It has been suggested that excessive collagen deposition is a potential cause of stiffness of the heart during the chronic phase of hypertrophy, especially during its transition to heart failure. The molecular mechanism for this abnormal collagen formation during the chronic phase is not clearly understood. Ang II, a potent vasoconstrictor, is believed to play a role in the stimulation of collagen production in vivo. Our study shows that although Ang II had a significant effect in the stimulation of collagen production in vivo and ex vivo, it had no effect when added to pure fibroblasts in vitro except with cardiomyocytes (although fibroblasts are reported to be the sole producer for collagen in heart).
Collagen biosynthesis is regulated at different levels of transcription and translation. Type I and type III are the 2 major types of collagen present in the myocardium in both normal and diseased myocardial tissue. Thus, the quality rather than the quantity of the collagen would be an important marker to define the pathophysiology during the chronic phase of hypertrophy and heart failure. Therefore, a ratio of type I and type III is an important marker for determination of the quality of collagen and therefore prediction of the stiffness of the heart muscle. Our in vitro study shows that regardless of the time of exposure of fibroblasts alone to [Sar1]Ang II, the fibroblasts did not alter collagen production, whereas a 2-hour perfusion of 10−8 mol/L [Sar1]Ang II showed significant stimulation of collagen production at the transcription as well as translation levels in the whole-heart model.
Several studies in vivo have suggested that Ang II may also be a critical factor in mediation of cardiac hypertrophy.19 20 21 22 These observations are consistent with, although they do not prove, the notion that Ang II may act as an endogenous growth factor for the myocardium. Thus, Ang II, directly or in combination with other growth factors, may play an important role in the development of vascular hypertrophy and elevated arterial resistance in hypertension. It is thought that many factors play a direct role in abnormal collagen deposition, such as Ang II and TGF-β, as well as an indirect role, such as prostaglandin A2, bradykinin, NO, and endothelin-1, as either a stimulator or an inhibitor.3 All of these other factors work indirectly through Ang II, and Ang II in turn stimulates collagen formation. Therefore, the results from our study are important in understanding Ang II–mediated collagen deposition because the myocyte-generated factor plays an important role in stimulation of collagen formation in conjunction with Ang II. Our preliminary data suggest that the factor from myocytes is soluble. When the supernatants from the myocyte cultures (neonatal and adult) were added to the fibroblasts, similar upregulation of collagen was observed (data not shown). Furthermore, results from the present study opened new doors to understanding the molecular mechanism for collagen production. The nature of such factors is not known, nor can we comment on the nature of the factors produced by the myocytes, but we know that identification and characterization of the factors and development of an inhibitor would be important steps in the control of the deposition of excessive fibrous tissue during the chronic phase of hypertrophy and its transition to heart failure.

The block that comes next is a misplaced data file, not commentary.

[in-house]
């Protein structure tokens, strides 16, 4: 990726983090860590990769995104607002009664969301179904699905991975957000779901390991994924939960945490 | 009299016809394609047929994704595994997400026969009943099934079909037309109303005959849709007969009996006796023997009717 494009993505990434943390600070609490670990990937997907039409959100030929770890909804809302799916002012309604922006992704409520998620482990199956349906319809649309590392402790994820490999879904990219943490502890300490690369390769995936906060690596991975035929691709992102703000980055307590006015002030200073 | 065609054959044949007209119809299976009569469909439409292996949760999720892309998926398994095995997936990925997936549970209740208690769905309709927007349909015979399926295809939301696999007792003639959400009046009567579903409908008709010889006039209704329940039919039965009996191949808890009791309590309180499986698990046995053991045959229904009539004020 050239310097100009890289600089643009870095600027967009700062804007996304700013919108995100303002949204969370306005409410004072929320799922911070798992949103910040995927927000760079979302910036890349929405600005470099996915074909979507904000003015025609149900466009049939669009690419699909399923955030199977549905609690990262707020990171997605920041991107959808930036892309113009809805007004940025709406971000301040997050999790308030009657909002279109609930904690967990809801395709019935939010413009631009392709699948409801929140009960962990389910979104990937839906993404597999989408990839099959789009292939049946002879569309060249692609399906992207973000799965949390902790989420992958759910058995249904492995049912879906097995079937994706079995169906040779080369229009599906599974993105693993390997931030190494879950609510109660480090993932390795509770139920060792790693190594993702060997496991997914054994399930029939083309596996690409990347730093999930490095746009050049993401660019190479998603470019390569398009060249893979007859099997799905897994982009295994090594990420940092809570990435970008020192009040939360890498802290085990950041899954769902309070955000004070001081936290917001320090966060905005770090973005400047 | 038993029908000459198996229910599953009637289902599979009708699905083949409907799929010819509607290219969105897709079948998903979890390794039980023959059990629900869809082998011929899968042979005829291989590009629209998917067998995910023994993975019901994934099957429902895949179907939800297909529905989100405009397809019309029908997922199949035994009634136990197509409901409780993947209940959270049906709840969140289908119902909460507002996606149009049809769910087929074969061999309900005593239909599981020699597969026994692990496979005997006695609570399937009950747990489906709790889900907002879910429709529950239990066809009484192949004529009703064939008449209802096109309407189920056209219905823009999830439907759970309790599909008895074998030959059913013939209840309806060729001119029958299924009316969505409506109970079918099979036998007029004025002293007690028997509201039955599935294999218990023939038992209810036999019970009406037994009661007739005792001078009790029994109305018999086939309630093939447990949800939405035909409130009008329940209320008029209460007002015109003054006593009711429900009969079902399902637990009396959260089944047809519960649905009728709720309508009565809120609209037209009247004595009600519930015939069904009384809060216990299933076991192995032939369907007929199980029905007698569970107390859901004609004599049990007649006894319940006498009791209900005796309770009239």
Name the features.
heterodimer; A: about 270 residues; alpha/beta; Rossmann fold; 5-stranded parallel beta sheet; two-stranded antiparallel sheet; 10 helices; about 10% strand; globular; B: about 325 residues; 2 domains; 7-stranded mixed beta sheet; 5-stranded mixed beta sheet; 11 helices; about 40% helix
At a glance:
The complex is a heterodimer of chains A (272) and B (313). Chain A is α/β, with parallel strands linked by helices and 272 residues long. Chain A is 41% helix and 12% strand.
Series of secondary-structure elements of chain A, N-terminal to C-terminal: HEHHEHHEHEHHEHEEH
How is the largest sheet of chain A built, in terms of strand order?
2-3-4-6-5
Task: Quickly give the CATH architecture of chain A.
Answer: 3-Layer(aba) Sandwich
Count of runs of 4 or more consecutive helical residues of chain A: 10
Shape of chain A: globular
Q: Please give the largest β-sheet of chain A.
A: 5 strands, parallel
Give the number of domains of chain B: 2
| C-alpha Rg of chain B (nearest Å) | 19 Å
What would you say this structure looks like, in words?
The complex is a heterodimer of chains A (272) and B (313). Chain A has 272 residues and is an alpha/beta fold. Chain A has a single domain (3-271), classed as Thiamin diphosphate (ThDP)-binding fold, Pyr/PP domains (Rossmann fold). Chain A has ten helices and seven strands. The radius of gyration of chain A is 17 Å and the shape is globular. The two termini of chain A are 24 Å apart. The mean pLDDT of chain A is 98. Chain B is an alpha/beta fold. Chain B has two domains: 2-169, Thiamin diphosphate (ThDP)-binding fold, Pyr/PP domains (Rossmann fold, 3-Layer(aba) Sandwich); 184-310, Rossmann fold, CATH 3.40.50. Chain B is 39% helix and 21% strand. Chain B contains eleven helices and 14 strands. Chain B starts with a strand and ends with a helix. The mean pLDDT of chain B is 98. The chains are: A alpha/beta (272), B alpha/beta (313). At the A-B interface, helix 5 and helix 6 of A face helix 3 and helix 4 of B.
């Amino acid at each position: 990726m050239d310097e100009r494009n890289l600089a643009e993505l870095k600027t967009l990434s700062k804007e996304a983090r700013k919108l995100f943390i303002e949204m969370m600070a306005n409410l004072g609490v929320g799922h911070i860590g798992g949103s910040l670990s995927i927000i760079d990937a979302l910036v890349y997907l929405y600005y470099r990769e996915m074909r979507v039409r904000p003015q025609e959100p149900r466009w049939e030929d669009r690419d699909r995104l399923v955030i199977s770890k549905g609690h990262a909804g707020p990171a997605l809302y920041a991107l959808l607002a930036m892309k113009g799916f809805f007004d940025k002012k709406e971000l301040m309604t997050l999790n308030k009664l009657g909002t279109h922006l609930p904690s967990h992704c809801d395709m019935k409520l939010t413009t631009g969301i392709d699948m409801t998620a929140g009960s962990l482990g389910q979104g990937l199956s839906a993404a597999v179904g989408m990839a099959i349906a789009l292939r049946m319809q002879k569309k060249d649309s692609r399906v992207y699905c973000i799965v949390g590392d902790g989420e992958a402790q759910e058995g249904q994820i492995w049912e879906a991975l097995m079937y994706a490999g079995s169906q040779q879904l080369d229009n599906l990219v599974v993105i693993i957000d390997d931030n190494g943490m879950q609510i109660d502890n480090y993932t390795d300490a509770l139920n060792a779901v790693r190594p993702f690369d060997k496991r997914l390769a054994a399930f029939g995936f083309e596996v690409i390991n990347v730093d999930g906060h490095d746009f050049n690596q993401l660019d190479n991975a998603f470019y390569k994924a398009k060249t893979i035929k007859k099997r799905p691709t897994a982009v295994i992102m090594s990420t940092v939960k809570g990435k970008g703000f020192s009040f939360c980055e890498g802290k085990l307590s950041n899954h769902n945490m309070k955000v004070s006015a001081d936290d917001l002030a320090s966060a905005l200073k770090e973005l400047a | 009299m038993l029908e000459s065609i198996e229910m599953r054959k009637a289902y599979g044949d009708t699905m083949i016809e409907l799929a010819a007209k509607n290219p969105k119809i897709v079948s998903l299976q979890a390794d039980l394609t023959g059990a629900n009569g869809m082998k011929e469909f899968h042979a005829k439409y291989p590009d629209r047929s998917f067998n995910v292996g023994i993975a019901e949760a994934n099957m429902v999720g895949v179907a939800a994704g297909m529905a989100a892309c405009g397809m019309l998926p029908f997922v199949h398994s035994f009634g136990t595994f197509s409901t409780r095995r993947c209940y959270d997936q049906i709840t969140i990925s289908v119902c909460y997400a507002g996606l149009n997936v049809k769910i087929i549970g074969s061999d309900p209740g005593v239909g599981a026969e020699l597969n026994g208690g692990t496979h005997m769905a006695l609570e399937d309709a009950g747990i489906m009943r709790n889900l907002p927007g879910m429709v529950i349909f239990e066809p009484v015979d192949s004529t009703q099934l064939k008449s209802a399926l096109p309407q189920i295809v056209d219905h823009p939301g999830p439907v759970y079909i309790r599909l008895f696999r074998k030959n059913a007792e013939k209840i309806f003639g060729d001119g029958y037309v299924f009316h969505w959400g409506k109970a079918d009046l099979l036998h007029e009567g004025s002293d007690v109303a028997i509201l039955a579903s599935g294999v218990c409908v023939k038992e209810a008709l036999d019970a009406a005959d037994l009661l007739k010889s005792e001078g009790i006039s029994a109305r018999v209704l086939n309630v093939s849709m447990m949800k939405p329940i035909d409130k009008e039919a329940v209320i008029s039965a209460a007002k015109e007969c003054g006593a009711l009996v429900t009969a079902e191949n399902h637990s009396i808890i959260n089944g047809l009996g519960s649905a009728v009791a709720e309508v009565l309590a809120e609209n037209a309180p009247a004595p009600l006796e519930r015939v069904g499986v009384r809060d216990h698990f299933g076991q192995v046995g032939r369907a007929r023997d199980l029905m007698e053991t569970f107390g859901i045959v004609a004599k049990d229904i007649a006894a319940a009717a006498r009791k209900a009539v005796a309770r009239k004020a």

Cardiac hypertrophy and heart failure remain major health problems in the United States. The chronically failing heart is associated with alteration in tissue composition, including fibrous tissue deposition that appears in both left and right ventricles.23 Such adverse accumulation of extracellular matrix is believed to be in part responsible for myocardial stiffness and eventually affects the contractile behavior of the heart.24 25 26 27 28 29 Therefore, understanding the cellular and molecular mechanisms responsible for the deposition of collagen (fibrous tissue) is an essential step in designing cardioprotective agents that could prevent the deposition of collagen and, therefore, fibrosis during heart failure.
This study was supported by grant RO1-HL-27838 from the National Institutes of Health (to Dr Sen). We are grateful to JoAnne Holl for typing the manuscript and to Christine Kassuba for editorial assistance.
↵1 Both authors participated equally in the generation of data.
- Received July 6, 2000.
- Revision received July 25, 2000.
- Accepted September 1, 2000.